As brands place more of an emphasis on digital advertising, the risk of ad fraud only increases. But despite this threat, the level of ad fraud in the US is set to fall in 2017.
According to the latest Bot Baseline report from White Ops and the ANA, which is based on an analysis of 49 ANA members’ digital advertising activity between October 2016 and January 2017, US brands will lose $6.5bn in revenues due to ad fraud in 2017. That is down 10% from 2016 when this figure stood at $7.2bn.
“Marketers worldwide are successfully adopting strategies and tactics to fight digital ad fraud,” claims ANA CEO Bob Liodice. “This is a powerful indicator that the war on digital ad fraud is winnable for those who establish proper controls and protocols. And that is exceptionally good news for the advertising, marketing, and media communities worldwide.”
However, despite this 10% fall, the report also estimates that 20% of the internet is now made up of ad-fraud websites, with fraud bots and click fraud still populating a significant chunk of the web. It says 22% of desktop video ads will only be viewed by traffic bots this year- a figure that’s worryingly held from 2016.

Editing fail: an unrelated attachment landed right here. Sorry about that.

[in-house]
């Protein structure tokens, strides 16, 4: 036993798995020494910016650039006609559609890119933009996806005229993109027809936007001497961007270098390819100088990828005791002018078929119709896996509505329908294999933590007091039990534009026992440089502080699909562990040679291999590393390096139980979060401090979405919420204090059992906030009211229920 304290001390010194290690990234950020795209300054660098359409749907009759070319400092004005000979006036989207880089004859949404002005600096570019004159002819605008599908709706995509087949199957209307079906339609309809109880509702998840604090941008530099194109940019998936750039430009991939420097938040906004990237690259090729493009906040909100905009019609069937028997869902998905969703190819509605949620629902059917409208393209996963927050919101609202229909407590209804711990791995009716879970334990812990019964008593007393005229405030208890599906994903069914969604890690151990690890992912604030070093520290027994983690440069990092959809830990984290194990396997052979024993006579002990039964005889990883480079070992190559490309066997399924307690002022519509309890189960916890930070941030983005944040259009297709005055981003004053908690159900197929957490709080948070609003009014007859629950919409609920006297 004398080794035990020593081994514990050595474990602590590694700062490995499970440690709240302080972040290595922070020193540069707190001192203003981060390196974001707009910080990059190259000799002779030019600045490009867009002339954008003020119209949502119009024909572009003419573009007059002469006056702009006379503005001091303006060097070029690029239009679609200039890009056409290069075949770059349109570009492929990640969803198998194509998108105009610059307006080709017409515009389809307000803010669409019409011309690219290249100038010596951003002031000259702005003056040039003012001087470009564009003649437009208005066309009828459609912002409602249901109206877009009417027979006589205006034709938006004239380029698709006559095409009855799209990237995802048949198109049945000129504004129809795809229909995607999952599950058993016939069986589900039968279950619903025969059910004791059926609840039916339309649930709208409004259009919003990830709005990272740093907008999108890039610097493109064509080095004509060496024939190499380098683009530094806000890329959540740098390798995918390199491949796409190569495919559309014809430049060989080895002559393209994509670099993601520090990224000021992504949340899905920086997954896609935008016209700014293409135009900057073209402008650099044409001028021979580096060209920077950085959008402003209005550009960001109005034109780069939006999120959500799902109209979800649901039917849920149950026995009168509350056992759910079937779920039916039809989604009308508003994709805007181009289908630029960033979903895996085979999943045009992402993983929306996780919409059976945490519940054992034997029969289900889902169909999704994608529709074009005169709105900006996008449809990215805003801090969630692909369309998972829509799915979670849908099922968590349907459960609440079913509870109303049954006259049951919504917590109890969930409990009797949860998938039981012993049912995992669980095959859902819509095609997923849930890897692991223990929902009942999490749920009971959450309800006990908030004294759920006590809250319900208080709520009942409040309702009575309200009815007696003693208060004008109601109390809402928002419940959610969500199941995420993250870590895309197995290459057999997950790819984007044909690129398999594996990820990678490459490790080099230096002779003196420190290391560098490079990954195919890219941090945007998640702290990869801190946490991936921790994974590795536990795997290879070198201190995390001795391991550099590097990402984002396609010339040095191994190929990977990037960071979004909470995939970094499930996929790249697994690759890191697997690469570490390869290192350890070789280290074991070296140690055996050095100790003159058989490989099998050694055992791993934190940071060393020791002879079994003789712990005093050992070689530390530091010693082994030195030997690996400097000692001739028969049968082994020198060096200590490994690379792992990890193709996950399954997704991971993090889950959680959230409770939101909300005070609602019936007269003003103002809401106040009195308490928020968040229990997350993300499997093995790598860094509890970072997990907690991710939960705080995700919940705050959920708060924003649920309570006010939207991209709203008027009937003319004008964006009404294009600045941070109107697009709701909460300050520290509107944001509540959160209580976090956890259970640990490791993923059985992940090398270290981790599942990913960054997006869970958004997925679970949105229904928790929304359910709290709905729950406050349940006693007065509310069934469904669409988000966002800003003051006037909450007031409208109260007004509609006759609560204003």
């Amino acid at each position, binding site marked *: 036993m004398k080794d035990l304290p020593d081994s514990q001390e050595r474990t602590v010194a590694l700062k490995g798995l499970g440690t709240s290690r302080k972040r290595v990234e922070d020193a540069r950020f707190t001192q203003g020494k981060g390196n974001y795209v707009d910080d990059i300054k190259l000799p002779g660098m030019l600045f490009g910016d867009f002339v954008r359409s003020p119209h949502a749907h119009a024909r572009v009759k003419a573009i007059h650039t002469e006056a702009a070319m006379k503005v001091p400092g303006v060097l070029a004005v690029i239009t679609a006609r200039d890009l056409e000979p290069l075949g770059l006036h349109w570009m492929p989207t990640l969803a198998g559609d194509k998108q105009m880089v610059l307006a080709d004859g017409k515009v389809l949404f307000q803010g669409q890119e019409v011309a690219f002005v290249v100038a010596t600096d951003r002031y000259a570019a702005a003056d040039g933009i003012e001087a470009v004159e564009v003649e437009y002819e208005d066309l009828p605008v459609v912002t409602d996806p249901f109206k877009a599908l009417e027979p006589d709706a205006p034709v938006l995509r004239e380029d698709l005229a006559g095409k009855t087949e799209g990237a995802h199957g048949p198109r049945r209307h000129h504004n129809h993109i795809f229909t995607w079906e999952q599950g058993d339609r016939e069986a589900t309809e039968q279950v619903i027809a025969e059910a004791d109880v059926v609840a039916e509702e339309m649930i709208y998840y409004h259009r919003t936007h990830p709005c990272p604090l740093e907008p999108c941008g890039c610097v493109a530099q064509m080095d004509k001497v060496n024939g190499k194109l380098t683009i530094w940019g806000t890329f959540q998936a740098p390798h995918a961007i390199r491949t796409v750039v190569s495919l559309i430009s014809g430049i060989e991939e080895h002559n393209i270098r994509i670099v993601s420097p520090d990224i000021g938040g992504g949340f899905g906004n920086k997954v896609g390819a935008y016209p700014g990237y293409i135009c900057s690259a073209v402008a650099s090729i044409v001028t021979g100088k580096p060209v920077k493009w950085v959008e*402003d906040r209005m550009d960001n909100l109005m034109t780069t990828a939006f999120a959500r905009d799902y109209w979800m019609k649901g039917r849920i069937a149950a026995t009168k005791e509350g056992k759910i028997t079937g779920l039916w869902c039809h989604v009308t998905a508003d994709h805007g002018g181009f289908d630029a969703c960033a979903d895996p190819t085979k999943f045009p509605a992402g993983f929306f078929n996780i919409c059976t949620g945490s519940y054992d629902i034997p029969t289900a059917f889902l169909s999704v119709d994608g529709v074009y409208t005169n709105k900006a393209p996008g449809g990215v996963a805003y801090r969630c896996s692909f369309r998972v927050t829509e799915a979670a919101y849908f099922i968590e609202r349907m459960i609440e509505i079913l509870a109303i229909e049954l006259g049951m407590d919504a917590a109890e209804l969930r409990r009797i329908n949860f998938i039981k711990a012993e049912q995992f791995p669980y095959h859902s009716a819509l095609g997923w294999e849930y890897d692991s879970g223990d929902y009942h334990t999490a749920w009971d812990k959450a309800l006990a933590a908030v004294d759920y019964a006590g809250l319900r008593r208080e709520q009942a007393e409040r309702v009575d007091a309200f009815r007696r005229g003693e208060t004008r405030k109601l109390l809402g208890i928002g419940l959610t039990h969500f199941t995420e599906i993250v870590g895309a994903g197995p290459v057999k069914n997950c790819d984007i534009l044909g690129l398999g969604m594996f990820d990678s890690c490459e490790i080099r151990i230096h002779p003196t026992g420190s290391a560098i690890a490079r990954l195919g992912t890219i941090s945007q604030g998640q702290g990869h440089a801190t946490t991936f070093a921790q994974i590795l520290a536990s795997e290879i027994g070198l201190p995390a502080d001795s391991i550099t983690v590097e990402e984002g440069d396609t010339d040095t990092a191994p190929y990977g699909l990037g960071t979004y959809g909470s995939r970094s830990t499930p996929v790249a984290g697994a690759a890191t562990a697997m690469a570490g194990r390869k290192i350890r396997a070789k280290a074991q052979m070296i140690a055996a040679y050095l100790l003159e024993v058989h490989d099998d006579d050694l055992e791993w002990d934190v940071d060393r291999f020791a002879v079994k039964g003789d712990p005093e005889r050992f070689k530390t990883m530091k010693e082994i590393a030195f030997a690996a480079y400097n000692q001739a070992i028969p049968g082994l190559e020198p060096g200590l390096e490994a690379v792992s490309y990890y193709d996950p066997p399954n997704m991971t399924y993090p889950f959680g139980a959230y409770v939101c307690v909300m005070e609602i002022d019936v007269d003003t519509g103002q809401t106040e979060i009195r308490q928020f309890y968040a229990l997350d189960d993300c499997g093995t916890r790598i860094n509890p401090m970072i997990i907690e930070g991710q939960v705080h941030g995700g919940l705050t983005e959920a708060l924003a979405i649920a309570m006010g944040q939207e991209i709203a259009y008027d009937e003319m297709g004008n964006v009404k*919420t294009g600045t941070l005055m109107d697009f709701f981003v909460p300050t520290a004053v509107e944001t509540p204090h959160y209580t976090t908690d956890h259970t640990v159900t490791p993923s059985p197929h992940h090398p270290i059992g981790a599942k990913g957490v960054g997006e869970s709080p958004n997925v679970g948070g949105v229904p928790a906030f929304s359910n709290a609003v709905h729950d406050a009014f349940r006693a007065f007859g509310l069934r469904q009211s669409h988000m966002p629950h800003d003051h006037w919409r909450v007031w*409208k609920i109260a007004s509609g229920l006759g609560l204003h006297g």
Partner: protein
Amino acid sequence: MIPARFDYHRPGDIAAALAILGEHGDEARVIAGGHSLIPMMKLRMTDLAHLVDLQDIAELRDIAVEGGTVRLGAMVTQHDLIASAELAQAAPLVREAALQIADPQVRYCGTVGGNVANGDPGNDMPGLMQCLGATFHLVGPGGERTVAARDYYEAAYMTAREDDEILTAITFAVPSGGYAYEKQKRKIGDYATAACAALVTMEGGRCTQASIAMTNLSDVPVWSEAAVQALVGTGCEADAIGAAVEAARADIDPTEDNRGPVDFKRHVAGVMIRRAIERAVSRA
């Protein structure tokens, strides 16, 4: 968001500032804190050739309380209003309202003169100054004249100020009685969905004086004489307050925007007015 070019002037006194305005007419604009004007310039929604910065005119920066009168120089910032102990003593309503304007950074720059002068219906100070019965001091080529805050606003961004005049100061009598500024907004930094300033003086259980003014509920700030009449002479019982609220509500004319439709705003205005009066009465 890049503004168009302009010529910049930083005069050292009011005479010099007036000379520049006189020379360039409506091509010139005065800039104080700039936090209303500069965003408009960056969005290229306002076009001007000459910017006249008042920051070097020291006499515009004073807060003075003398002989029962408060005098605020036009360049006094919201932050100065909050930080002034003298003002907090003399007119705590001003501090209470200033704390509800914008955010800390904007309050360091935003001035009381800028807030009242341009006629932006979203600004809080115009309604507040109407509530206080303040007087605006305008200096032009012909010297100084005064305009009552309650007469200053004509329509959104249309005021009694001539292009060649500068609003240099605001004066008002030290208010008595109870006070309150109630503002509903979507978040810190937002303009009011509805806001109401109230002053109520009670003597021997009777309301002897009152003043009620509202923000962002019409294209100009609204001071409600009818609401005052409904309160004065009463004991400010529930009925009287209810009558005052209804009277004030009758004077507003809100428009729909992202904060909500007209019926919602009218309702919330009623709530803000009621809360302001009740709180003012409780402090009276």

Traffic sourcing, which is the purchase of traffic from inorganic sources, is also a major contributor to ad fraud. The report claims 3.6 times as much ad fraud will come from sourced over non-sourced traffic in 2017.
It suggests ad fraud is a lot less common on mobile devices. The participants of the survey saw less than 2% of fraudulent ad activity in app environments and mobile web display buys. However, it is worth noting this figure does not take into account fraud in mobile web video or pay-per-click fraud, which both remain big concerns for marketers.
Furthermore, the report says fraud in desktop display advertising will go down from 11% last year to 9% this year. Video is a different story; with the fraud rate for desktop video spend accounting for 22% this year, down only slightly from 23% last year.
Despite the unavoidable nature of ad fraud, White Ops CEO Michael Tiffany remains upbeat and says the war against it is now “winnable”.
He concludes: “What we’re seeing is finally the first macro sign that the war is winnable, although it’s certainly far from won.”